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PUZZLE #6: LOST BOARDING PASS (SOLUTION)

This is one of those problems that, if you have the right insight
in the beginning, takes very little time to figure out. However, if
you're like most of us (me included), your first thought is to bring
the number of passengers down to something manageable; i.e., under four.
So imagine there are only two passengers on an aircraft with two
passenger seats. Passenger #1 goes onboard, picks a seat at random,
and you must pick the other seat. There's no doubt that your chances
of getting your assigned seat are one in two; i.e., the probability
is exactly 1/2.

Ratcheting up the difficulty only a teeny bit, imagine the number of
passengers (and assigned seats) to be three. A little more work quickly
leads you to the same probability of 1/2 of finally getting your
assigned seat. Ditto when the number of passengers is four.

Now let's take a big step and wonder if the probability is 1/2,
no matter now big the number N of passengers is (as long as N is at
least two). Here are all the boarding scenarios that allow you to
sit in your own seat: First, passenger #1 sits in
seat #1 with probability 1/N. In that case, each succeeding passenger
sits in her/his assigned seat, and you sit in yours too. On the
other hand, passenger #1 sits in seat #K > 1. After that, passengers
#2 through K-1 sit in their assigned seats; whereupon passenger #K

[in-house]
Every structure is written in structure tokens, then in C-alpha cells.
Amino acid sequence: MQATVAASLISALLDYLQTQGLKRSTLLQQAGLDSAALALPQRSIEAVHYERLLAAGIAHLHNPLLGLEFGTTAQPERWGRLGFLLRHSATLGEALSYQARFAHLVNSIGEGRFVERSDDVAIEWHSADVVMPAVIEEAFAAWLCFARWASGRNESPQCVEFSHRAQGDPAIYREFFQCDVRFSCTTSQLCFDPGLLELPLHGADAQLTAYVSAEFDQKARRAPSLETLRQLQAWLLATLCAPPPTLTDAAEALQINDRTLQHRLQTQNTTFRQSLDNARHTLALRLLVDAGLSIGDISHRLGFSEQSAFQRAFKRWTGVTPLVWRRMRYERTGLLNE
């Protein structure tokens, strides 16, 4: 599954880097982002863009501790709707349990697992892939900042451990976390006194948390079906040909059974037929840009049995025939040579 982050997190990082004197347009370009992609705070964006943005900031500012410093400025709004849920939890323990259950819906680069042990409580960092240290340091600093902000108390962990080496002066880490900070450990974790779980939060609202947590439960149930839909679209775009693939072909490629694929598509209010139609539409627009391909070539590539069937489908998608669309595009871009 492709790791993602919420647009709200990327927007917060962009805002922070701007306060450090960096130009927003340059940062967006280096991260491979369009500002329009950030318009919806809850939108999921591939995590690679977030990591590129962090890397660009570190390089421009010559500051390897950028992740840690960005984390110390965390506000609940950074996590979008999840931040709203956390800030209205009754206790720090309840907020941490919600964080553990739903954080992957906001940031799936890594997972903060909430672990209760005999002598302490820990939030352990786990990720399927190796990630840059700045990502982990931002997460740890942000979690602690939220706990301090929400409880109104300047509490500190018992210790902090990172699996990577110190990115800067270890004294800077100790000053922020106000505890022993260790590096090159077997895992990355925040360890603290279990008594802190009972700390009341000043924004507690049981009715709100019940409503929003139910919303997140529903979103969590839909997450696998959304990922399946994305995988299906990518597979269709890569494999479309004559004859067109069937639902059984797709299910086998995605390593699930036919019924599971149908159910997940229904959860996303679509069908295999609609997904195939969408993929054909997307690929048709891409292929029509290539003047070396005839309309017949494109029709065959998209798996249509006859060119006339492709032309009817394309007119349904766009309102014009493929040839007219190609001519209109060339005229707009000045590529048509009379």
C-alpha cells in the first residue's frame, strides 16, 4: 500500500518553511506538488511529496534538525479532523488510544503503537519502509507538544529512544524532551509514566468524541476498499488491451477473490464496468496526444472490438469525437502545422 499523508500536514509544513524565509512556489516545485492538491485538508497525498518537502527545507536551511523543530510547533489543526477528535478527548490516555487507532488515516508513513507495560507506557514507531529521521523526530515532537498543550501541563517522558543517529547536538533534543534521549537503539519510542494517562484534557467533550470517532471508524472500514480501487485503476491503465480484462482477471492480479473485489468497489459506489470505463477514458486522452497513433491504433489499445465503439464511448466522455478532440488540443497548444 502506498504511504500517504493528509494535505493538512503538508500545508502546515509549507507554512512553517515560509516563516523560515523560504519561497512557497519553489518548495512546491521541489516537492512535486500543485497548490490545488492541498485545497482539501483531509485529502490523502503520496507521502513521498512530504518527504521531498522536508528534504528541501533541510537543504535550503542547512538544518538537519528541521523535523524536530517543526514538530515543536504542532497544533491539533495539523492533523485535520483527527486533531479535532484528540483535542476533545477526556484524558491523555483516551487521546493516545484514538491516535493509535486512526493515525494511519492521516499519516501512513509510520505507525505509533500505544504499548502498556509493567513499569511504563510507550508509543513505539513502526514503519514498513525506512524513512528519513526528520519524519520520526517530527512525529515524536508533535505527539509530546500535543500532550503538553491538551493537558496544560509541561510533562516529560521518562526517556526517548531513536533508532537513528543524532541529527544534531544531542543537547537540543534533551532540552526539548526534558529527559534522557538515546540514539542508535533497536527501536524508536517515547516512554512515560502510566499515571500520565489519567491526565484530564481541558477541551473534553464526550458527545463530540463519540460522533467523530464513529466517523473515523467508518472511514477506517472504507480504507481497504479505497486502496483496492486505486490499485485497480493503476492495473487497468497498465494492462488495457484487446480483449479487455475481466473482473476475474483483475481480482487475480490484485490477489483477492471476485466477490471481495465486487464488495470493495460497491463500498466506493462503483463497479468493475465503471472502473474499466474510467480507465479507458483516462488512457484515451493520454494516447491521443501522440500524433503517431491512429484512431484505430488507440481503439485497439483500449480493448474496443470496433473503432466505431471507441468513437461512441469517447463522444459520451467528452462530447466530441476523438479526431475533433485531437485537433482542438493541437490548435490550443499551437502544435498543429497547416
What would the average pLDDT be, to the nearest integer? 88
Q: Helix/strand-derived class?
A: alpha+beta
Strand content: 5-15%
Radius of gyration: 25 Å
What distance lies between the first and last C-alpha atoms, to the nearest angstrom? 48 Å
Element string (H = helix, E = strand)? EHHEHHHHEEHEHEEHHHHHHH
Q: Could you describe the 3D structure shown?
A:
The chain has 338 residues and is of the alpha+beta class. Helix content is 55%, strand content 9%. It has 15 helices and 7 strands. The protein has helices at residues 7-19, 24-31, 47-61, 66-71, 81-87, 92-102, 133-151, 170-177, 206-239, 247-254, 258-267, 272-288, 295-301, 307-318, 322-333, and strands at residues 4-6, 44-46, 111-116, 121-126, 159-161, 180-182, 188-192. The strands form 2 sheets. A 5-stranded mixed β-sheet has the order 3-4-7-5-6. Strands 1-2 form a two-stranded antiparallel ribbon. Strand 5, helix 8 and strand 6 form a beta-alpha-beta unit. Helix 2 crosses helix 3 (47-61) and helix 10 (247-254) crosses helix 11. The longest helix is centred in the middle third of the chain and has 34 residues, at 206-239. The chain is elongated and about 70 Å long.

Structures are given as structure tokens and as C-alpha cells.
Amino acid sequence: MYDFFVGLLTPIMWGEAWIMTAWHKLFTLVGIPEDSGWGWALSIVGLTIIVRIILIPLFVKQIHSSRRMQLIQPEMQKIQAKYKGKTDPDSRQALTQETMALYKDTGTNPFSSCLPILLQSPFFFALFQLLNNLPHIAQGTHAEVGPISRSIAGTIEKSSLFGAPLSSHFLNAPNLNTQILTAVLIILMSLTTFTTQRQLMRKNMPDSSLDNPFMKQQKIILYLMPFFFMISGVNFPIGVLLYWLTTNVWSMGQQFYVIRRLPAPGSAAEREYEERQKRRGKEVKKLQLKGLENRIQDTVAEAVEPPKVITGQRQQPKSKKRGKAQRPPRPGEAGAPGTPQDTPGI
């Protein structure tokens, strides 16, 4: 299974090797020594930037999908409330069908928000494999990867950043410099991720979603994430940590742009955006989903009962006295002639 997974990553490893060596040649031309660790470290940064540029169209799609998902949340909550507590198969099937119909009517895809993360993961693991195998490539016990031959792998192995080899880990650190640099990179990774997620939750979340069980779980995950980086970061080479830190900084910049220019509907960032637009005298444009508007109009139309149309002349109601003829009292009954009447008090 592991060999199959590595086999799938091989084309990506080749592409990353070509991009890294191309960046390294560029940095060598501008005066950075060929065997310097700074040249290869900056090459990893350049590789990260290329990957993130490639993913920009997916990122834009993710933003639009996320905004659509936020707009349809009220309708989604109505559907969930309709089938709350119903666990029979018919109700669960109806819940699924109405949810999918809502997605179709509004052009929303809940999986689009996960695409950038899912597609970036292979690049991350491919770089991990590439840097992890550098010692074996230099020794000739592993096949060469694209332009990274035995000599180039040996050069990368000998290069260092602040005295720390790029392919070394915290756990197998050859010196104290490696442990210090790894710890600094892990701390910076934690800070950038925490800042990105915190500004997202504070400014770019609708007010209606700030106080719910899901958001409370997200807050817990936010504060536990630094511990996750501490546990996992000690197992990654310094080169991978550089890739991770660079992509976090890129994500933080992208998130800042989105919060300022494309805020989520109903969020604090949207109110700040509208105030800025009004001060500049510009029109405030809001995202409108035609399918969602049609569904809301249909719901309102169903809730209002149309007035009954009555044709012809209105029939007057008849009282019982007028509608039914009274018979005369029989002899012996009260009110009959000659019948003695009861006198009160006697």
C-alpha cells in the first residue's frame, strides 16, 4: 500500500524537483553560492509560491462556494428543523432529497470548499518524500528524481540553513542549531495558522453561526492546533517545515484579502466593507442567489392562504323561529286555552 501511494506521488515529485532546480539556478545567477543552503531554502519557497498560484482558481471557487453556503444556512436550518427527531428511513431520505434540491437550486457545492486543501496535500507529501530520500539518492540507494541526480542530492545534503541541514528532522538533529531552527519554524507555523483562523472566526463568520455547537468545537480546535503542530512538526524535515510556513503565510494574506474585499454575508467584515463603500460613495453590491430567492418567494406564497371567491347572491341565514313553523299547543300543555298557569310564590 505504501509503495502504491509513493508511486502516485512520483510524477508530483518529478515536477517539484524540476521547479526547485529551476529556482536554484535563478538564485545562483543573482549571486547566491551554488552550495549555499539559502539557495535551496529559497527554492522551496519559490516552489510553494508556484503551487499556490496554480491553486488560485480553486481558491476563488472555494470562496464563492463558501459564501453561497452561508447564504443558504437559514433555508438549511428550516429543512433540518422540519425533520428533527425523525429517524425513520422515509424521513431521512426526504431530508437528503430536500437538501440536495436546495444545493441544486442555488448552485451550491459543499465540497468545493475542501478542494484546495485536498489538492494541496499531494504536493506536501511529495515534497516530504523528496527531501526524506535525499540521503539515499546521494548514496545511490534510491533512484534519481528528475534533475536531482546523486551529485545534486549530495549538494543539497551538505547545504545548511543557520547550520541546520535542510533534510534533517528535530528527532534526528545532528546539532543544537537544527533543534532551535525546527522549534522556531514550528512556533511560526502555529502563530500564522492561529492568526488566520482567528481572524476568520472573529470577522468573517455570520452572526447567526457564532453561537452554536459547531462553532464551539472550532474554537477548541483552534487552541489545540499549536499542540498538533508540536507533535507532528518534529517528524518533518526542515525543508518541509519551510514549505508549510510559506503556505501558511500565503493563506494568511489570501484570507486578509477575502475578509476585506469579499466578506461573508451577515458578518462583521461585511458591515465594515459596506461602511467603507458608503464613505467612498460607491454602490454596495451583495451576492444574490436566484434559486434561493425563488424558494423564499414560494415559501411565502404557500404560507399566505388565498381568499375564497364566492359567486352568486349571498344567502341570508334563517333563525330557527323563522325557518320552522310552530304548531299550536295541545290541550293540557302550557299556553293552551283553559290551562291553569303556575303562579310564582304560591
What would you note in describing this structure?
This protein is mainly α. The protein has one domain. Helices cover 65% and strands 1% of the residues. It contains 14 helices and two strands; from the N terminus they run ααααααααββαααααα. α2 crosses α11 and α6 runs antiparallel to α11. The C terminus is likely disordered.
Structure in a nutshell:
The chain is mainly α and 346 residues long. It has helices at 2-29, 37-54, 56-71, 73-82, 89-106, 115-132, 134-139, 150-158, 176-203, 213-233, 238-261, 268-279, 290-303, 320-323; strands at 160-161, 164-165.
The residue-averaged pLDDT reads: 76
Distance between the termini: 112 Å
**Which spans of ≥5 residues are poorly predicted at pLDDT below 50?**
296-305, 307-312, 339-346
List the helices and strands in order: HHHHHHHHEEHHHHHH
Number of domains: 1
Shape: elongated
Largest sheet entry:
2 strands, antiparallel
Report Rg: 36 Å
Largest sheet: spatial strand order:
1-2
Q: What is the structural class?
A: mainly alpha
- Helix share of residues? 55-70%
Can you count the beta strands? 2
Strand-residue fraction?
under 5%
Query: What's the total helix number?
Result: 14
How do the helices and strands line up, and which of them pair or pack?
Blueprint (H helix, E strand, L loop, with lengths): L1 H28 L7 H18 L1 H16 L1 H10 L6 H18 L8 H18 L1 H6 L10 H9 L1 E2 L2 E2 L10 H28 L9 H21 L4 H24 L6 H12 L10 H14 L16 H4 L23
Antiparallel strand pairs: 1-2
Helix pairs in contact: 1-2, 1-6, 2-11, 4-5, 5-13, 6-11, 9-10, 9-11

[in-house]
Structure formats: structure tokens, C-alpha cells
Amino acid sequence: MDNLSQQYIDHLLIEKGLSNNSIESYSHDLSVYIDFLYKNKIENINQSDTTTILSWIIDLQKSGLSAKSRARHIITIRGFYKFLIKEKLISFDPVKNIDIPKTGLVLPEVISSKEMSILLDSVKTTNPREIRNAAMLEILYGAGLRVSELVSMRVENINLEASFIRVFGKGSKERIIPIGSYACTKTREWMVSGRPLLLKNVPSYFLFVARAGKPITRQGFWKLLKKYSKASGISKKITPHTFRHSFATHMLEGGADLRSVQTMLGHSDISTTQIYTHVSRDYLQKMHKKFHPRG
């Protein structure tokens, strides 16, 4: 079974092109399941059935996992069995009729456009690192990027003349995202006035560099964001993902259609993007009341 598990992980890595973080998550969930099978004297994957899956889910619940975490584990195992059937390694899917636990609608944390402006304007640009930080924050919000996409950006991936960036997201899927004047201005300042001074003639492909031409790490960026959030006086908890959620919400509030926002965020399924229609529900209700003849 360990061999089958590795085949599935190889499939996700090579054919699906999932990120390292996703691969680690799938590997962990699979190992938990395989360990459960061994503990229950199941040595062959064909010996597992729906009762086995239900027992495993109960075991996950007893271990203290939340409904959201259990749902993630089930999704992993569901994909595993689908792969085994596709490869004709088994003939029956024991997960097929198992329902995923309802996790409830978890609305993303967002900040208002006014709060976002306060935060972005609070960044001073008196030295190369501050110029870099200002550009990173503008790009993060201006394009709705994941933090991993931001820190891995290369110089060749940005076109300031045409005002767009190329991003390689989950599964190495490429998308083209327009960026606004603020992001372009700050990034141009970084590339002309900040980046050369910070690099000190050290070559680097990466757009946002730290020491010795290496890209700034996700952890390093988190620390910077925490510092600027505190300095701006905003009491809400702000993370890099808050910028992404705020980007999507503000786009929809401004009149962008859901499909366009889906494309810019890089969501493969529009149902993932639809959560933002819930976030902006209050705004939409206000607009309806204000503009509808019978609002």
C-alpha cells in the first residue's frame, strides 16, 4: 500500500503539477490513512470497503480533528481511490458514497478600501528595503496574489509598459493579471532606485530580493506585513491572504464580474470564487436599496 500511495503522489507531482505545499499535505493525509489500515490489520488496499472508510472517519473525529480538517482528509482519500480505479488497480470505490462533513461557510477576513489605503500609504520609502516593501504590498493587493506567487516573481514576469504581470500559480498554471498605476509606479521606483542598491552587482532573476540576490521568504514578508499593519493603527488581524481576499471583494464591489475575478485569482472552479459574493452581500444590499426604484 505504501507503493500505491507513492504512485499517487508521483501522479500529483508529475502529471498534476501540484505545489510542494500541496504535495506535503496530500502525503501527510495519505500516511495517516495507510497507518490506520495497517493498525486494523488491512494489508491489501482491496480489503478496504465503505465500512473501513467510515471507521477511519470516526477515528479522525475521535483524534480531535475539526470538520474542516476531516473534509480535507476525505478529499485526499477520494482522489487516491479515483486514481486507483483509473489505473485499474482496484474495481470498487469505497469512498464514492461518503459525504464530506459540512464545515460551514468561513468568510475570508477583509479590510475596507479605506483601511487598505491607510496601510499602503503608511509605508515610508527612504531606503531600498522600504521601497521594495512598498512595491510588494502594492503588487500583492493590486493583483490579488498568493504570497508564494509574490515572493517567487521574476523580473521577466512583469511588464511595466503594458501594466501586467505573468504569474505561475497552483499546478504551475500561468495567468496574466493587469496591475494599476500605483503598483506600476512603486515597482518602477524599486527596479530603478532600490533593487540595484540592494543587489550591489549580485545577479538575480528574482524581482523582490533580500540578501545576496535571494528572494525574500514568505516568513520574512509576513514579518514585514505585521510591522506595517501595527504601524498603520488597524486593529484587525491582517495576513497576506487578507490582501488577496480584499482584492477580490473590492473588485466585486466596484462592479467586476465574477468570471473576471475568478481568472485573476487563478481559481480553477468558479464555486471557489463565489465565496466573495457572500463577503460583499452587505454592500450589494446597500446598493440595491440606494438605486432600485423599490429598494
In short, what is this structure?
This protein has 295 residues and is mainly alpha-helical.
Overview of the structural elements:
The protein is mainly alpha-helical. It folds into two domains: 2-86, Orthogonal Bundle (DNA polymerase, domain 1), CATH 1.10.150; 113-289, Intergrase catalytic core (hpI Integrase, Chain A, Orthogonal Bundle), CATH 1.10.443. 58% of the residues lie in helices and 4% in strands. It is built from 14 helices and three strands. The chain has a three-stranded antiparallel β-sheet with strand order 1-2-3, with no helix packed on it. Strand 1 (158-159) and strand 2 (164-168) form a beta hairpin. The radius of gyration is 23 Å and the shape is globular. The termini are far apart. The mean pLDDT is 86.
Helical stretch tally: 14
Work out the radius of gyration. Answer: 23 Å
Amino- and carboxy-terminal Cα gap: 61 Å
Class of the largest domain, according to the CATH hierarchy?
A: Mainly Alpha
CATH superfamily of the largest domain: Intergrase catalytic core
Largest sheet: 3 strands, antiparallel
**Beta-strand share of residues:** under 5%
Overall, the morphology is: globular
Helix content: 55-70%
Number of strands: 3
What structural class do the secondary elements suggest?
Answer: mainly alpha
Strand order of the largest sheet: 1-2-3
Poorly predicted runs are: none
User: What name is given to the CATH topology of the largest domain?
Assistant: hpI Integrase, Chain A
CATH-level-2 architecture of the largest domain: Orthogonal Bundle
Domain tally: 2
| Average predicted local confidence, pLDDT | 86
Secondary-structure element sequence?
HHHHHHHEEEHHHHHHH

makes a random choice among seats #1 and those numbered > K.
In effect, passenger #K is in the same position as was passenger #1;
only the number of available seats is now smaller than N. This
allows us to argue by induction.

So, for each K, at least 2 and no more than N-1, there is: first
the probability of 1/N that passenger #1 sits in seat #K; second,
the probability that you get to sit in your seat after all, once that
happens. This
latter probability is 1/2, by the inductiion hypothesis; hence the
probability of you sitting in your pre-assigned seat is
(1/N)+((N-2)/N)(1/2)=(2/2N)+((N-2)/2N)=N/2N=1/2. This establishes,
via an induction argument on the number of passengers, that you have
exactly a fifty-fifty chance (rather surprising to me) of getting
your assigned seat after all the mixup.

The "quick" argument, after you have done all the experimental work,
is this: First, either seat #1 is chosen before seat #N or it isn't.
Each of these outcomes has probability 1/2. (Not entirely obvious to
me at the outset, but hey.) Next, if seat #1 is chosen first, then
you're assured of getting your pre-assigned seat. Hence, the probability
of you getting your seat is 1/2. (Note: The only alternative to your
getting your pre-assinged seat #N is to get seat #1.)